Tuesday, February 21, 2017

The Post I've Waited Eighteen Months to Write

Over the last eighteen months I've started a dozen posts about my divorce, only to delete them. I wanted to wait until there was no shred of resentment, no hint of blame, no whiff of judgment or my personal specialty--sarcasm.

Today I can say simply that the relationship didn't work for either of us. He's happier now, and so am I. Our kids have relaxed into knowing they still have two parents who love them.

Now, instead of the divorce, I want to write about the gifts I've received during the last eighteen months, about what I've learned so far in this incredible awakening to my own good life.

Letting Go  Changes Everything.

Near the end, fighting panic at the idea of splitting up my family and becoming a single mom, I got on my knees and gave the whole mess to God. For the first time in our twenty-year rocky relationship, I was willing to let go if the Universe deemed it so.

Two days later it was over.

I bawled my eyes out the first day, wandered around like an insomniac zombie the next. Two days after that, I felt a peace and lightness I hadn't felt my entire adult life.

As it does with all endings, anger and hurt and resentment would rush back into the void in the coming weeks. But there was a rightness to letting go that never left, even when fear had me breathless. I remember that golden afternoon early on when I lay on my bed, dizzy from crying and lack of sleep, and let the Universe take over. There was a rush of understanding that forces beyond my comprehension had brought me to this planet and given me this Jennifer-shaped space to inhabit, that I was just an ordinary human, yet infinitely valuable--even if no-one knew I existed.

Having been in one relationship or another since age sixteen, I'd never accepted my wholeness. Now I have (or have made a good beginning), and it's wonderful. For the first time in my fifty-plus years, I'm happy to be just me.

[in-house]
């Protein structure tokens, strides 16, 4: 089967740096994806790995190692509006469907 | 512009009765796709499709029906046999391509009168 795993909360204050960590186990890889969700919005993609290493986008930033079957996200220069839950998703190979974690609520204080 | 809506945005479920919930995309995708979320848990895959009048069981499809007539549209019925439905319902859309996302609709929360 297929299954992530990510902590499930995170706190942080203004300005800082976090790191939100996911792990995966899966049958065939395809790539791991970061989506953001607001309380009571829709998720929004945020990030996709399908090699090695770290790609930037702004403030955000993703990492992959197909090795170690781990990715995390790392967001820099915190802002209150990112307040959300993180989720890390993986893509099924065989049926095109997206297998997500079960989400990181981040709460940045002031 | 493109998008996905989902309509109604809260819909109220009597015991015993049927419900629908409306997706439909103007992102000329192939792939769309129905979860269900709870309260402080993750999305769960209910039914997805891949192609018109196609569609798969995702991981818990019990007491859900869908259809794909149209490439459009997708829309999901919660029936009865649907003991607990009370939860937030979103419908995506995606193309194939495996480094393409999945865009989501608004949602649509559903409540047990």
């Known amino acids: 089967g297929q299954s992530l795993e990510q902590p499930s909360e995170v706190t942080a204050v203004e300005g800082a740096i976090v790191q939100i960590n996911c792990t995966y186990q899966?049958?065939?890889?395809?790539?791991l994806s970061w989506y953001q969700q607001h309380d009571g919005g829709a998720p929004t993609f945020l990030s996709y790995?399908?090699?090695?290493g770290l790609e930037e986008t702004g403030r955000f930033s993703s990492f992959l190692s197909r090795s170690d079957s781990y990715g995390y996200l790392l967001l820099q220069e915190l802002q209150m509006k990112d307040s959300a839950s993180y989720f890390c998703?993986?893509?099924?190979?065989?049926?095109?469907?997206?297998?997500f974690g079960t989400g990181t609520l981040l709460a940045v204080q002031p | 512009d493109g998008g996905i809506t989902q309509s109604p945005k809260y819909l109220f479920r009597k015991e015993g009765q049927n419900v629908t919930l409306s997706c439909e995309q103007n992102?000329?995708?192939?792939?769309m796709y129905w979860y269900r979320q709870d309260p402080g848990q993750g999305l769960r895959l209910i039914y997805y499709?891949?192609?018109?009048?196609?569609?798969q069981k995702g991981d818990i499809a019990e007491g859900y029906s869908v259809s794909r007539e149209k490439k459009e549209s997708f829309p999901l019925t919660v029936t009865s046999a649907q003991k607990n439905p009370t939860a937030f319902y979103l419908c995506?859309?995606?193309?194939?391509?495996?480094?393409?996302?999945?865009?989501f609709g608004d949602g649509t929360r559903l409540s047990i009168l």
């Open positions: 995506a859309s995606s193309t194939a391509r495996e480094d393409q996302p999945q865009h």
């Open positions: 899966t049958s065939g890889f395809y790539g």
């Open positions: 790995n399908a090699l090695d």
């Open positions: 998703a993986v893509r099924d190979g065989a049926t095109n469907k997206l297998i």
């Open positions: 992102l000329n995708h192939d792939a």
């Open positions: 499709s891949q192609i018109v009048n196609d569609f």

Letting go made that possible. And I'm grateful.

It's Not Personal

What other people do, say, and believe is about them. What I do, say, and believe is about me--always. When I get angry--and I do--my anger points to an area of my life (often an old coping skill) that's begging for my attention.

I have no right to judge another's actions (how the hell do I know what anyone needs?) but I have the absolute responsibility to decide how I will respond. My peace is up to me. Always.

There's freedom in that, and I'm grateful.

The Universe Gives Me What I Need, Not What I Want

I was asleep in my life. Now I'm acutely--sometimes painfully--awake. But there's still a strong pull for the old ways; to lure a warm and needful someone who'll wrap his arms around me and whisper that I'm beautiful and that he has what I want; to bury my head in his chest and lull myself back into the love-drunk haze of forgetting who I am and what I'm made for.

Being newly-awake in your life is like walking around without skin. The slightest brush feels like a third-degree burn. New thoughts, realizations, and understandings sink in so fast you wonder if you're ever going to process them all. It's a strange season. I'm awkward as a teenager, bumbling around making rookie mistakes, apologizing. My friends--who've patiently listened while I blather about all the new stuff I'm figuring out--are probably as anxious as I am for this season to end.

Wonder who I'll be when it's finished?

I have a long history of fitting myself to the needs of another, of carving away pieces of my soul so I don't take up too much space. But a bell can't be unrung. When the invitation comes to dance the old, familiar steps, there's a new disquiet alongside the familiar pull. I can choose the old way for a time, but I can't fool myself into believing it's good for me.

Now I pay attention to the sensations in my body, how my heart literally aches when I use my old coping mechanisms to chase what I think I want. But when I let go of wanting and reach a radical acceptance of All That Is, peace takes its place.

With each deep exhale, I'm stronger. And for that, I'm grateful.

Eighteen months ago I'd have told you a very different story about my divorce. Today I can tell you being single--and learning to be well and whole on my own--is a huge gift. The biggest gift since my children and my sobriety. I wouldn't go back even if I could.

Life isn't always easy, but my life now is very good...and for that, I'm grateful.